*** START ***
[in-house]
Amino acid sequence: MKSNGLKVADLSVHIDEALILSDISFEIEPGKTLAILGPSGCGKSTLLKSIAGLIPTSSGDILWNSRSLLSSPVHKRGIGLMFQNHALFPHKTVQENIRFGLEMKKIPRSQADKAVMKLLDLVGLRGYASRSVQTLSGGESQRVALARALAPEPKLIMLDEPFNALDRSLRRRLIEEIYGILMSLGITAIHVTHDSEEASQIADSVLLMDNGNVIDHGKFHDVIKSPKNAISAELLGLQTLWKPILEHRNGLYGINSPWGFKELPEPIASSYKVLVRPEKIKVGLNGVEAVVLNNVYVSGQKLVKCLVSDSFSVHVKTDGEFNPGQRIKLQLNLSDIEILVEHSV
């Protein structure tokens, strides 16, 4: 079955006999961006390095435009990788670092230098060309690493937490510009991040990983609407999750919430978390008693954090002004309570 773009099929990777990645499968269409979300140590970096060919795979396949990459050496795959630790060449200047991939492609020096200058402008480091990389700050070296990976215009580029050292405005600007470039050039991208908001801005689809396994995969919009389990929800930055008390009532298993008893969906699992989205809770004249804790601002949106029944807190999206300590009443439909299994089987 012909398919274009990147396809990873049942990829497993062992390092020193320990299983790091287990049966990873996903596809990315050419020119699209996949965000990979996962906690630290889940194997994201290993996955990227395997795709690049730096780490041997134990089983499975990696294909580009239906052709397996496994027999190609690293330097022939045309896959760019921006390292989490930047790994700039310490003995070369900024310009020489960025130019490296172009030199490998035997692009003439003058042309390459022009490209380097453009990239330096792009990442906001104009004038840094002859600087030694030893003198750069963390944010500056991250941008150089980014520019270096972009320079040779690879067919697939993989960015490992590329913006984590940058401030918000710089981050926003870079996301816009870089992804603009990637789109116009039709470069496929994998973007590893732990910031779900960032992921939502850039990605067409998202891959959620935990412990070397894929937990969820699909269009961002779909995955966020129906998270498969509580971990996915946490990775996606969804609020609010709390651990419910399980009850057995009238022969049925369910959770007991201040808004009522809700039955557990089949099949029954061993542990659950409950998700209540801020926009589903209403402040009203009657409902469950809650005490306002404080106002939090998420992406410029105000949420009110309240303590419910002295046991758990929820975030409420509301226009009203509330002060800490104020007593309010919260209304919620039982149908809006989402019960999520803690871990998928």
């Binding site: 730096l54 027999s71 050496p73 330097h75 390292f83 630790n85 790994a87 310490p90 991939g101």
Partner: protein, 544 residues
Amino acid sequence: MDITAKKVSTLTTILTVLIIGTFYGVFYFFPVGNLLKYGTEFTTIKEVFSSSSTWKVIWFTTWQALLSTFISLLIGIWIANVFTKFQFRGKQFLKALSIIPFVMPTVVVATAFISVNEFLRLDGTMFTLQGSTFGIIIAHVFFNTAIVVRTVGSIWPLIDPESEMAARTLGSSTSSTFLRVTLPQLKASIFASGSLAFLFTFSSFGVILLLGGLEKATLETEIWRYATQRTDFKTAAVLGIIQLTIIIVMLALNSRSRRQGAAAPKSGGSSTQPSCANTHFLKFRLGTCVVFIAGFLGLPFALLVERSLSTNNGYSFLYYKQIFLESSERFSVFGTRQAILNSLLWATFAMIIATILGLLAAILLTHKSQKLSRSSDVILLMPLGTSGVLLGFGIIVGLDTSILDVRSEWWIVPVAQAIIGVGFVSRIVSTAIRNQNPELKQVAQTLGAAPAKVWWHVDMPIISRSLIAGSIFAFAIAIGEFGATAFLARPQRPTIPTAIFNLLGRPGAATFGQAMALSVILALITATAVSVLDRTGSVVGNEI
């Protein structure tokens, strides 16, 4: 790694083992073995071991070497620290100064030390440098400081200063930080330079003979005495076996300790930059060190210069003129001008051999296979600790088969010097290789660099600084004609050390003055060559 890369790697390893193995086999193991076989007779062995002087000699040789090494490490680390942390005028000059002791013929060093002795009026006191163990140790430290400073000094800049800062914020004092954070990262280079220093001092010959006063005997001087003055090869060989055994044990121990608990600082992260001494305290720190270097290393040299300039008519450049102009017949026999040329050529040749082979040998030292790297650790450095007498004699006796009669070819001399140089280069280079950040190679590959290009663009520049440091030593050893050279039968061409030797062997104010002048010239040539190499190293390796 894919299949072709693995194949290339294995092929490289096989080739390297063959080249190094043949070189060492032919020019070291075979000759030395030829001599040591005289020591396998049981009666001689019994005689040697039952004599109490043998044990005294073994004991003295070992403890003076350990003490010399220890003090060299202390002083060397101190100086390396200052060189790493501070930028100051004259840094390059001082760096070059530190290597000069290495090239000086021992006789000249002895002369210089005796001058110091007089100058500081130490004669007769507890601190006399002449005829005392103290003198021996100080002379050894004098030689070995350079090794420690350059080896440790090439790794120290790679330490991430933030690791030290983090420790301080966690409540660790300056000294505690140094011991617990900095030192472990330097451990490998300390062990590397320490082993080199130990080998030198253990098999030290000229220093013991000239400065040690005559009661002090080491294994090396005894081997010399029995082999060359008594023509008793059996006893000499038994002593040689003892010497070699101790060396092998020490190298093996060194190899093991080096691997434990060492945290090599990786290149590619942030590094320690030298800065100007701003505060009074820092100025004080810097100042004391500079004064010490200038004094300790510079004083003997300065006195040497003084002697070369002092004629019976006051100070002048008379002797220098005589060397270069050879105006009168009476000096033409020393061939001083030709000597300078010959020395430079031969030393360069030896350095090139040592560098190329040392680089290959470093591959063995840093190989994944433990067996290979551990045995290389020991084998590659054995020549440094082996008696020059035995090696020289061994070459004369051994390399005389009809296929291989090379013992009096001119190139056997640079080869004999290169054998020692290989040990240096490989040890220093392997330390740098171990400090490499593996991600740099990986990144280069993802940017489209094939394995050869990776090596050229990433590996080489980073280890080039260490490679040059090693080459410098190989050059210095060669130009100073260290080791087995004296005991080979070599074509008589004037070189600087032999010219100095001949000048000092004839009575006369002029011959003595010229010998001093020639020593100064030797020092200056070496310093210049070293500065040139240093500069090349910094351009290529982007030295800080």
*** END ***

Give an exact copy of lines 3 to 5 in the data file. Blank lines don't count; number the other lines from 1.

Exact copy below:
């Protein structure tokens, strides 16, 4: 079955006999961006390095435009990788670092230098060309690493937490510009991040990983609407999750919430978390008693954090002004309570 773009099929990777990645499968269409979300140590970096060919795979396949990459050496795959630790060449200047991939492609020096200058402008480091990389700050070296990976215009580029050292405005600007470039050039991208908001801005689809396994995969919009389990929800930055008390009532298993008893969906699992989205809770004249804790601002949106029944807190999206300590009443439909299994089987 012909398919274009990147396809990873049942990829497993062992390092020193320990299983790091287990049966990873996903596809990315050419020119699209996949965000990979996962906690630290889940194997994201290993996955990227395997795709690049730096780490041997134990089983499975990696294909580009239906052709397996496994027999190609690293330097022939045309896959760019921006390292989490930047790994700039310490003995070369900024310009020489960025130019490296172009030199490998035997692009003439003058042309390459022009490209380097453009990239330096792009990442906001104009004038840094002859600087030694030893003198750069963390944010500056991250941008150089980014520019270096972009320079040779690879067919697939993989960015490992590329913006984590940058401030918000710089981050926003870079996301816009870089992804603009990637789109116009039709470069496929994998973007590893732990910031779900960032992921939502850039990605067409998202891959959620935990412990070397894929937990969820699909269009961002779909995955966020129906998270498969509580971990996915946490990775996606969804609020609010709390651990419910399980009850057995009238022969049925369910959770007991201040808004009522809700039955557990089949099949029954061993542990659950409950998700209540801020926009589903209403402040009203009657409902469950809650005490306002404080106002939090998420992406410029105000949420009110309240303590419910002295046991758990929820975030409420509301226009009203509330002060800490104020007593309010919260209304919620039982149908809006989402019960999520803690871990998928």
């Binding site: 730096l54 027999s71 050496p73 330097h75 390292f83 630790n85 790994a87 310490p90 991939g101």
Partner: protein, 544 residues